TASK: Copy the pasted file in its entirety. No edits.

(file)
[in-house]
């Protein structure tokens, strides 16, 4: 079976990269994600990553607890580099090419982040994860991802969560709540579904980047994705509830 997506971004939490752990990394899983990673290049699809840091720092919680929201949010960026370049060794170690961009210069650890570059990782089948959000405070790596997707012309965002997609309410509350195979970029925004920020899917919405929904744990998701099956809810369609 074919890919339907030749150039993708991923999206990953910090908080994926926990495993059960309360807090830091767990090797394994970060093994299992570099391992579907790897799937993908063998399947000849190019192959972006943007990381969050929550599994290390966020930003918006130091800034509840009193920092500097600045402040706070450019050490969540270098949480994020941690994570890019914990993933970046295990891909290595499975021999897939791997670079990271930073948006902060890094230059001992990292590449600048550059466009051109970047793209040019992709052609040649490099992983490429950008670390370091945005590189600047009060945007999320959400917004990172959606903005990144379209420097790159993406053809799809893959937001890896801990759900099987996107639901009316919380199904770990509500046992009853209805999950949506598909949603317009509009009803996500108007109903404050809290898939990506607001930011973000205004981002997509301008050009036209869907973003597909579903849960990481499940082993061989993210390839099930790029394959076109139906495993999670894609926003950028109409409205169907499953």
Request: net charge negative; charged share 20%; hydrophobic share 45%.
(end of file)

[in-house]
């Protein structure tokens, strides 16, 4: 079976990269994600990553607890580099090419982040994860991802969560709540579904980047994705509830 997506971004939490752990990394899983990673290049699809840091720092919680929201949010960026370049060794170690961009210069650890570059990782089948959000405070790596997707012309965002997609309410509350195979970029925004920020899917919405929904744990998701099956809810369609 074919890919339907030749150039993708991923999206990953910090908080994926926990495993059960309360807090830091767990090797394994970060093994299992570099391992579907790897799937993908063998399947000849190019192959972006943007990381969050929550599994290390966020930003918006130091800034509840009193920092500097600045402040706070450019050490969540270098949480994020941690994570890019914990993933970046295990891909290595499975021999897939791997670079990271930073948006902060890094230059001992990292590449600048550059466009051109970047793209040019992709052609040649490099992983490429950008670390370091945005590189600047009060945007999320959400917004990172959606903005990144379209420097790159993406053809799809893959937001890896801990759900099987996107639901009316919380199904770990509500046992009853209805999950949506598909949603317009509009009803996500108007109903404050809290898939990506607001930011973000205004981002997509301008050009036209869907973003597909579903849960990481499940082993061989993210390839099930790029394959076109139906495993999670894609926003950028109409409205169907499953």
Request: net charge negative; charged share 20%; hydrophobic share 45%.